Charles (?) Hurel notated in manuscript form (c.1675) five suites for the théorbe de pièces, which are all of a high quality, characterful, and closer to the style of Robert de Visée than, say, Germain Pinel. One connection between de Visée and Hurel was the famous and influential, Jean-Baptiste Lully, whose work both men arranged for the théorbe.
Hurel belonged to a Parisian family of musical instrument makers. A civic document of 1684 mentions he was an “officer in ordinary to the Academy of Music”, and Du Pradel’s Livre commode de adresses of 1692, describes him as a teacher of the théorbe in Paris. Thanks to François Lesure’s preface to the Editions Minkoff facsimile for the above information.
The first suite in the manuscript consist of two preludes – the second clearly a variation on the first – allemande, gigue, two courantes, sarabande and a gavotte.
Judging from the few preludes (all unbarred) in the manuscript, Hurel liked to spend the first line or so establishing the key tonality, arpeggiating the tonic chord with added decoration, before heading to the dominant, and thereafter exploring a variety of possibilities.
Here’s my interpretation:
Listening back to it, I can say I have played it many different ways before, as befits an unbarred exploratory prelude. Unlike some 17th-century French lute preludes, it does seem focussed as opposed to random, moving forward to related tonalities while keeping the listener guessing. It’s a fine introduction to the suite. And it does feel like a suite, rather than a collection of pieces under the same tonality.
After the upbeat, the first chord contains a dissonant major second resolving to the minor third – indicated by the comma sign adjacent to the tablature letter b. Have a listen to the opening few seconds of this Robert de Visée suite for lute in Dm where another dissonance appears on the first chord:
I’m experimenting with different interpretive approaches these days, from articulating dance rhythms to – as here – a more oratorial approach, even a conversational style where the beat is more fluid, perhaps even unsettling at times. That introductory dissonance leads me to hear this more than a mere dance piece. On another day, I might well play it very differently, which doesn’t worry me at all.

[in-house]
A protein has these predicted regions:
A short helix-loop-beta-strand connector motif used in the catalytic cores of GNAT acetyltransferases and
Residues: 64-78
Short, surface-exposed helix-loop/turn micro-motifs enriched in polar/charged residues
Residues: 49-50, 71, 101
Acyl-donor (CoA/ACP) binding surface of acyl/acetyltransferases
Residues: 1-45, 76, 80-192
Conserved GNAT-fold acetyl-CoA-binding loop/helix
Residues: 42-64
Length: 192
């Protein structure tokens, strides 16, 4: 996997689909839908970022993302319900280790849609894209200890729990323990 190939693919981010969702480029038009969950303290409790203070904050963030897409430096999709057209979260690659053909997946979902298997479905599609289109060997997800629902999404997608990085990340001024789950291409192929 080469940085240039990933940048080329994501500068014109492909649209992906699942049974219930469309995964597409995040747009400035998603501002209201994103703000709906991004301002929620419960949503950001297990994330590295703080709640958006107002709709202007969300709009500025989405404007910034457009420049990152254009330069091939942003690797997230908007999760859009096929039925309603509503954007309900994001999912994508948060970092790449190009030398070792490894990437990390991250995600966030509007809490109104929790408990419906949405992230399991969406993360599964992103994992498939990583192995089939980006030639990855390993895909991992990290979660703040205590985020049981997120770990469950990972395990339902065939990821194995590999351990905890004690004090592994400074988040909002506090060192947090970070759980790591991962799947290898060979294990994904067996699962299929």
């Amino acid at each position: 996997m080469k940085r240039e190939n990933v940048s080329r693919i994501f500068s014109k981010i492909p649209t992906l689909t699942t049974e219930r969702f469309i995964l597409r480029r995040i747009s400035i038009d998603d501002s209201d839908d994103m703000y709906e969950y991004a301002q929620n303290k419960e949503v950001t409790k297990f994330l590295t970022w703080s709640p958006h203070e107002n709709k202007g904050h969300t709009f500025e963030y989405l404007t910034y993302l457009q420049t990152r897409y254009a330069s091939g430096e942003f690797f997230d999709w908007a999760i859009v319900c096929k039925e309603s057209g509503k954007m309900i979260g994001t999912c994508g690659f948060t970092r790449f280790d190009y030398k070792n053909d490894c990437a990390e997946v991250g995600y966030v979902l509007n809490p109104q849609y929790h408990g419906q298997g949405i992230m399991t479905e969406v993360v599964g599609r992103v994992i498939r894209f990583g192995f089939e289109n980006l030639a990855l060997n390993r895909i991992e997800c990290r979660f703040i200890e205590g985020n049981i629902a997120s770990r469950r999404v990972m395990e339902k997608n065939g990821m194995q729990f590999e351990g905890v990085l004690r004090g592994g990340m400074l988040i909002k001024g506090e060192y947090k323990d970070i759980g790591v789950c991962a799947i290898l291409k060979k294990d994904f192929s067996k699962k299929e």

There are two types of French gigue: in quadruple or triple time. This gigue is of the later variety, and although difficult is very enjoyable to play after the searching prelude and emotional allemande.
I have to admit to not knowing exactly what Hurel was indicating with the dash sign beneath the tablature letter d in the third full bar. He uses it a number of times during the suite, and here are a few examples:
- Separating two notes, but not the usual separée sign.
2. Over a sustained bass.
3. Simultaneous with a vertical line which indicates the bass and treble are to be played together.
I have checked the main ornament tables of the period, but without finding enlightenment. I found myself giving the note a little emphasis, so as a dynamic decoration rather than a figurative ornament. If anyone else can quote chapter and verse for a description, please do.
A straight-forward and typical rhythmical courante here. Again the horizontal dash – second page, second line, first bar – I’m tempted to claim it an accent mark, perhaps even a rest stroke (!) we might never know.
Just a quick word about the VERY common cross-string lower mordant, seen at the end of the first page, line three. These are ubiquitous in the French lute repertoire. They are executed by dragging the index finger across two strings, with the middle coming in for the first note in the subsequent bar. Worth practising!
I opted for the slow courante here, keeping in mind the following: “the sarabande is actually a slow menuet, and the courante a very slow sarabande” Jean-Baptiste d’Alembert, 1752. For more on the tempo of the courante, see my blog post HERE. Look at how often the second beat of the bar is prominent, akin to how the mazurka was accented in the 19th century.
A delightfully-playful sarabande, not in the “slow and stately” style favoured for all sarabandes in the 20th century. Note the petite reprise indicated by the S with four dots – two either side – four bars from the end. Other notational marks we haven’t discussed include the vibrato – on the letter f at the end of line three and elsewhere – and the sustain-the-bass, also on line three, over the last two bars. The right-hand index finger is sometimes marked á la Renaissance-era tablatures, with a dot below the note – see first bar.
A square-dance of sorts to finish off the suite. The B section breaks up the rhythm here and there, and rhythmical articulation takes precedence over melodic phrasing.
You can hear the whole suit and more without interruption here: